News | THE NORTHERN LINK UG| The World Bank has put the per capita income of Uganda at 850 dollars for the financial year end 2022, with the economy growing at an estimated 3.7 percent.
According to the Bank, this average income by a Ugandan is far below the lower-middle-income threshold of 1,045 dollars that was stated by President Yoweri Museveni in his state of the Nation Address on June 7.
The President noted that the economy had been slowed down by multiple disasters including drought, floods, locusts, Covid-19, and global inflation, but nevertheless grew to the desired figures.
“In spite of all these, the Ugandan economy, by the budget time in the next few days, will be standing at US$ 45.7billion by the exchange rate method and at USD 131.6 billion by the PPP method. This means that the GDP per capita is now $1046. You remember, the entrance point for the lower-middle-income status, is USD 1036. We have now passed that figure. Congratulations,” he said.
He added that to be declared a middle-income country, Uganda will need to sustain this for two to three consecutive years. “I am confident, we shall over-perform, in achieving that,” Museveni stated.
However, the World Bank estimated that despite the economic growth, the population also grew at about the same rate, leaving the per capita income stagnant.
“Overall growth for FY22 is estimated at 3.7 percent – below the pre-COVID-19 projections of over 6 percent, leaving Uganda’s per capita income estimated at about US$850, well below lower-middle-income threshold of US$1,045 per person,” said the World Bank’s 19th State of the Economy Update.
The global lender also doubts that Uganda will attain the middle-income status in the near future unless the economy grows a little faster than the current rate, which is slightly lower than that projected in the December 2021 update. Yet, there are multiple challenges that might affect faster growth.
Mukami Kariuki, World Bank Country Manager for Uganda said that it is crucial for the government to adopt targeted interventions to support the vulnerable while managing debt and rising inflation.
She said for example, oil and gas can help the economy grow, but that this will only be when the country remains diversified, especially by not losing focus on the agriculture sector.
“Policymakers face new uncertainties and challenges that must be managed cautiously, given the tradeoffs between rising inflation and supporting the recovery. With the lower growth than the pre-pandemic projections, the gap between the actual per capita income and the NDP III target has widened and the time for Uganda to reach the lower-middle-income target elongated,” says the report.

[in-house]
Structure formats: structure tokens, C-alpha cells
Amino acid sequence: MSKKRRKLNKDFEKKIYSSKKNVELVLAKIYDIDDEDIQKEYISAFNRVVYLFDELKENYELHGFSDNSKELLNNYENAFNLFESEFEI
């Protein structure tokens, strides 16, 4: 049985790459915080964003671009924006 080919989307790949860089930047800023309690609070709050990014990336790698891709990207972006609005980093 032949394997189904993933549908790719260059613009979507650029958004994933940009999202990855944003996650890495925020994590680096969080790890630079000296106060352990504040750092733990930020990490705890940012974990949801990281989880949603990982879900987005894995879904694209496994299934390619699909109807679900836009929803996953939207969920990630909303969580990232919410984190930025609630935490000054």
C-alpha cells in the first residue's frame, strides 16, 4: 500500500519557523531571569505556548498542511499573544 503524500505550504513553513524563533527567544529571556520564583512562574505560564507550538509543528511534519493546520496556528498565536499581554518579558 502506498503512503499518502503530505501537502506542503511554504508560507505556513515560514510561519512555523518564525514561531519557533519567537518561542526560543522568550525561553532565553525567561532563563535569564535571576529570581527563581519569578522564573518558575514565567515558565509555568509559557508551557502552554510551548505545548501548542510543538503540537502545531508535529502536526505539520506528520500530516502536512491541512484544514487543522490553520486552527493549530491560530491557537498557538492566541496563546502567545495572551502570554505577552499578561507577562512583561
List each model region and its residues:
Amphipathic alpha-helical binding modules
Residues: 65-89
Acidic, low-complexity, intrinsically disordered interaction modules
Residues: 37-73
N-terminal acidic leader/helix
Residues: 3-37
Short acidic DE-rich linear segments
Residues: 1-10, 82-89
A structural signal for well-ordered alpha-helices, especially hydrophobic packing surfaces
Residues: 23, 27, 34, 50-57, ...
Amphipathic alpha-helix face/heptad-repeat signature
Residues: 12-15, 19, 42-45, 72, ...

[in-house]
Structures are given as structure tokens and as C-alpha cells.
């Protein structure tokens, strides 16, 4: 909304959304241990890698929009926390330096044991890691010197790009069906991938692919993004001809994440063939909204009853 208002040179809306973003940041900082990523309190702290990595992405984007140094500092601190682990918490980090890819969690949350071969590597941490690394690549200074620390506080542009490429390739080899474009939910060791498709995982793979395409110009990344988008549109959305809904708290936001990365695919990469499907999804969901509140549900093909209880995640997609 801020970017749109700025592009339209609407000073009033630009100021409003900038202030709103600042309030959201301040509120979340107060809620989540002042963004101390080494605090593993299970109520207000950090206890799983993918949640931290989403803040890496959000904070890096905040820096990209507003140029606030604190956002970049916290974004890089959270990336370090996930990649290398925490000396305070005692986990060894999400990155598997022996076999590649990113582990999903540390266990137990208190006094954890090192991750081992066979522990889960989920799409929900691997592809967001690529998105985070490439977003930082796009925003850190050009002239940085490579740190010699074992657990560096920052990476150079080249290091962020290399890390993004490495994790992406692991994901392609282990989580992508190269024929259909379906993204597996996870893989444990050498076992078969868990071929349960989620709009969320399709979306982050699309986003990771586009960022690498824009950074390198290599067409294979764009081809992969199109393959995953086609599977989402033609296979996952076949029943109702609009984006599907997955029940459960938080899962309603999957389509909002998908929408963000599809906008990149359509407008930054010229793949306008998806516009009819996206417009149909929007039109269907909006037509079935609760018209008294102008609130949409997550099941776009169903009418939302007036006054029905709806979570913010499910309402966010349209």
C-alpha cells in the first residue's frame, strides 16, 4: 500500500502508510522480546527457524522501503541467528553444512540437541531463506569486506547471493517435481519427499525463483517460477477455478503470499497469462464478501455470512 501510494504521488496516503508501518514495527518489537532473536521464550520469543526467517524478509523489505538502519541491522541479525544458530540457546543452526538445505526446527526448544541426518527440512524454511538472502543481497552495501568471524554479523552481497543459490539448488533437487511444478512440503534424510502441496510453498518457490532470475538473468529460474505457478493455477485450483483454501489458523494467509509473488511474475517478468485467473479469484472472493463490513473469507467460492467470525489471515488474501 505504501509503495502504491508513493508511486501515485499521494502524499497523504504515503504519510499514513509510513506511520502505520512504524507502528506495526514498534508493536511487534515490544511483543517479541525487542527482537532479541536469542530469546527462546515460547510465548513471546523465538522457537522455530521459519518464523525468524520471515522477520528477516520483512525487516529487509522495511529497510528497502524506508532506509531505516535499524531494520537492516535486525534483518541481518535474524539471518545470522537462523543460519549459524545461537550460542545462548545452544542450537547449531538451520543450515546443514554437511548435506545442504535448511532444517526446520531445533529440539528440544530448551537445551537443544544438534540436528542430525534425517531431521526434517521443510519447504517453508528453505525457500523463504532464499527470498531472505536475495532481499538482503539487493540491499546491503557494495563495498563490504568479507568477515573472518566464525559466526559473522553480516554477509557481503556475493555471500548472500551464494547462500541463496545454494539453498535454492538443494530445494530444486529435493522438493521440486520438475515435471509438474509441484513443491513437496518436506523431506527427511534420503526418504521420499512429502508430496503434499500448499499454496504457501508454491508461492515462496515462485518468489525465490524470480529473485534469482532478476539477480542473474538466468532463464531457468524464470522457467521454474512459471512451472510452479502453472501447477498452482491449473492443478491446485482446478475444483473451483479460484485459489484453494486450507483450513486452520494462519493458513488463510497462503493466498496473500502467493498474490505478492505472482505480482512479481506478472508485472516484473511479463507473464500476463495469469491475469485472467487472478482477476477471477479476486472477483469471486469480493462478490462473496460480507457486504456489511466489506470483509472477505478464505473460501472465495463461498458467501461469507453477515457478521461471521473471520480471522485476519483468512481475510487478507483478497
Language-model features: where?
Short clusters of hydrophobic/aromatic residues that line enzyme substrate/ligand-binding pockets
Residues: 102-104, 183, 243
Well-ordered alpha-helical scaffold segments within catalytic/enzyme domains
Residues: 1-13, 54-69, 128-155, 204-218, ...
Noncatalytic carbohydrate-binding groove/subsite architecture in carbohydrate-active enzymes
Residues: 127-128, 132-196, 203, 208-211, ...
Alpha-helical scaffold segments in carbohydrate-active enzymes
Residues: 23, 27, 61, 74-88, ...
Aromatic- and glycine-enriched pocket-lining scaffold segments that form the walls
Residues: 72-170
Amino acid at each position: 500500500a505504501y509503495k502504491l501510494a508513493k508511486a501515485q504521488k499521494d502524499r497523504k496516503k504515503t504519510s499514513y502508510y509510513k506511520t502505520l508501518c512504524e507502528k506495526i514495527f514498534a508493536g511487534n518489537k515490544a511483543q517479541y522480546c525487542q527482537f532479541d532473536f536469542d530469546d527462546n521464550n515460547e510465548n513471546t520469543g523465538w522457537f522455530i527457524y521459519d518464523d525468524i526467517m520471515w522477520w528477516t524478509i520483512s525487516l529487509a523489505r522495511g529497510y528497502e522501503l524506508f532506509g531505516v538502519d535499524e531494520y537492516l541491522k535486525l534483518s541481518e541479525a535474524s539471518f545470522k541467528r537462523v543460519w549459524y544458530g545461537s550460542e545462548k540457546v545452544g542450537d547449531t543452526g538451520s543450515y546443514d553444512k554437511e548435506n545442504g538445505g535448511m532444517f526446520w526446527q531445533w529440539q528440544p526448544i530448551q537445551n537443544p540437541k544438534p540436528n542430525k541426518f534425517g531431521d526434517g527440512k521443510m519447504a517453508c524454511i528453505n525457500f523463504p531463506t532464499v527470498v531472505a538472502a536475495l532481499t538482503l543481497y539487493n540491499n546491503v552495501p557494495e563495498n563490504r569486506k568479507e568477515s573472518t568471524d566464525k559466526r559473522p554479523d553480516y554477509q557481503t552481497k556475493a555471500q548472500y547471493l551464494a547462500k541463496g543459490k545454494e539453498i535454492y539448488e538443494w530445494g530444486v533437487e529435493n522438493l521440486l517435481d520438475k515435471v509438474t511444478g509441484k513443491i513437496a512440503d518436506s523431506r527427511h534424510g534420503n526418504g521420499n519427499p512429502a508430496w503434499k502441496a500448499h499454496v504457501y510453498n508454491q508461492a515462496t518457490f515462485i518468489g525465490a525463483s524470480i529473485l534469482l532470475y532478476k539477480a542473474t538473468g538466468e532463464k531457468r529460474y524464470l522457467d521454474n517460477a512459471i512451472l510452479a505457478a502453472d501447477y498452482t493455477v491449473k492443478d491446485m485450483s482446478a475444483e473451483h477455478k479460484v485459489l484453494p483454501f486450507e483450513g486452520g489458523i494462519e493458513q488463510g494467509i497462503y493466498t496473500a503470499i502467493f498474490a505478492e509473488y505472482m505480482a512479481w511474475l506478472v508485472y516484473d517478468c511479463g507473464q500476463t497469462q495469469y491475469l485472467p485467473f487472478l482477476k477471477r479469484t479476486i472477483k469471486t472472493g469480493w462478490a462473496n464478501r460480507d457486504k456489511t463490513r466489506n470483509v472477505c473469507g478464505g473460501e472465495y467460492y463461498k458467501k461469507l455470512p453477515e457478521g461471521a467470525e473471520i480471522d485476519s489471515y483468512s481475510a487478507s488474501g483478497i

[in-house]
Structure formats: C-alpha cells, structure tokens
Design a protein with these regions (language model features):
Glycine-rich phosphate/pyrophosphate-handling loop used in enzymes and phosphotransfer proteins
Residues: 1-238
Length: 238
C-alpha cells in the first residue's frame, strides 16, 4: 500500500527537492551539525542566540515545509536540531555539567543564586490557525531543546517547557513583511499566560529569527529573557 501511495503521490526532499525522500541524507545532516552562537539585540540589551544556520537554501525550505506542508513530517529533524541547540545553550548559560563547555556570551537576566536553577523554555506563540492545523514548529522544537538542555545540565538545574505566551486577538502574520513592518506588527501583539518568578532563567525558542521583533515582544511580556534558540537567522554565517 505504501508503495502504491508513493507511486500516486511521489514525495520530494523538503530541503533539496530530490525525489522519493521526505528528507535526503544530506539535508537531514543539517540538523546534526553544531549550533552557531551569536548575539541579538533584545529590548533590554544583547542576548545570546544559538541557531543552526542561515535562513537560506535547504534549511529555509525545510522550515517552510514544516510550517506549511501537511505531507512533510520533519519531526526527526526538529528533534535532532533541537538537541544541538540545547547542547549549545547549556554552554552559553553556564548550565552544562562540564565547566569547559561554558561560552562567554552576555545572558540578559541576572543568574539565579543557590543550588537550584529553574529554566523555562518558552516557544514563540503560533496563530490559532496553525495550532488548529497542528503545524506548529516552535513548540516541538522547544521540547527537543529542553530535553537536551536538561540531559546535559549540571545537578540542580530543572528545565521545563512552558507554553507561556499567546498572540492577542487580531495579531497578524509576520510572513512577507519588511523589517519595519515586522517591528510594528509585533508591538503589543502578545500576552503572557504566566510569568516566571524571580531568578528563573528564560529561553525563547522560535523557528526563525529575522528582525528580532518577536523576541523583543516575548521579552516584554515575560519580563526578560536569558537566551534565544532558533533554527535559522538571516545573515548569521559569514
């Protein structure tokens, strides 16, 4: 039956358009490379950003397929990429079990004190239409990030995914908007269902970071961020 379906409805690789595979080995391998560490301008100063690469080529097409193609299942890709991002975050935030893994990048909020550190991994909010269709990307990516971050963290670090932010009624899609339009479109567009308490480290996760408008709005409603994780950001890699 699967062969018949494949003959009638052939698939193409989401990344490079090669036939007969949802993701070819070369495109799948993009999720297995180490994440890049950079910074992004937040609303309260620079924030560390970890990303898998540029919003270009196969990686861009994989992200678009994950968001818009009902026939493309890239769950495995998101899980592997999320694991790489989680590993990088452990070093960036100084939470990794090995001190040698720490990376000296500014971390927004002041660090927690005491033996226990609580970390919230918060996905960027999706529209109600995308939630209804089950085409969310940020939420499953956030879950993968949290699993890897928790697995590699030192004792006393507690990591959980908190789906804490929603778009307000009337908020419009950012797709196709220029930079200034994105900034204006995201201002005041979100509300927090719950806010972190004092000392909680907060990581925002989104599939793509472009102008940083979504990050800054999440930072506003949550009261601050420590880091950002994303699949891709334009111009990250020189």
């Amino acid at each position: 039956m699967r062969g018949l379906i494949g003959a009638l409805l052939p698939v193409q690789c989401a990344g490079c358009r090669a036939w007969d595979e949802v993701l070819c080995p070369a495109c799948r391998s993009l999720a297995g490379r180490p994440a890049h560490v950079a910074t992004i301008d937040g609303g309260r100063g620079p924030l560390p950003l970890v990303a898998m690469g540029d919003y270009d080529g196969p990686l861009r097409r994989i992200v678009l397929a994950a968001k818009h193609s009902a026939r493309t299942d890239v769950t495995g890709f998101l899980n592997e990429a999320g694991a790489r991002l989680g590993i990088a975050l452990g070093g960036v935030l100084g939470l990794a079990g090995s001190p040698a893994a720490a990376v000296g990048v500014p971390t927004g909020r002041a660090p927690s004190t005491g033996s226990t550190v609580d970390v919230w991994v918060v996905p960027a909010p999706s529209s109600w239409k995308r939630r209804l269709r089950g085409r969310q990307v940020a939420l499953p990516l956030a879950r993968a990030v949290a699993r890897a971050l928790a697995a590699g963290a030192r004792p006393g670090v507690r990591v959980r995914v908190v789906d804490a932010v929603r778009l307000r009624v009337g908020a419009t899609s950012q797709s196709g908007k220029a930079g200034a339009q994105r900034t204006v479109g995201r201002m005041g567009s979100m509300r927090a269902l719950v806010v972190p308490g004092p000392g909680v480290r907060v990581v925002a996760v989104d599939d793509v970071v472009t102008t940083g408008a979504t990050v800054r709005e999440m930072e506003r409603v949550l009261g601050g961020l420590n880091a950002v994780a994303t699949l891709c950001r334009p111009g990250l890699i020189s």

According to their conclusions, Uganda would have attained lower-middle-income status already if the strong growth rates of (between 6 and 10 percent) posted between 2001 and 2011 had been maintained.
At that time, the gap to lower middle income reduced to just 17 percent from 76 percent recorded in 1994, but since 2011, it has been between 19 and 26 percent as economic growth slowed down while population growth rates remain high.
Kariuki says for as long as the majority of Ugandans are outside the money economy. She says even if the GDP is growing, it should grow fast enough to cater to the growing population, especially in terms of public service delivery.
In measuring the income classes of countries, the World Bank uses the Gross National Income, GNI, which includes incomes earned by residents both within and outside the country.
This is then divided by the number of all the people to get the per capita income.
Juma Wasswa Balunywa, the Principle Makerere University Business School says the country has enormous opportunities to get the growth rates it needs, adding that just increasing production would be adequate.
The real gross domestic product grew by 4.3 percent in the first half of 2022 supported by a strong and speedy recovery of the service sector, following the full reopening of the economy.
The Bank expects a 5.1 percent growth rate next year, 0.5 percentage points below the December 2021 forecast, increasing to about 6 percent in the subsequent year.
“Rising commodity prices and the overall increase in the cost of living pose new risks to livelihoods, that had just begun recovering from the effects of COVID-19.
These and other shocks are threatening to stall socio-economic transformation, thus increasing the likelihood of the people falling deeper into poverty,” said Kariuki.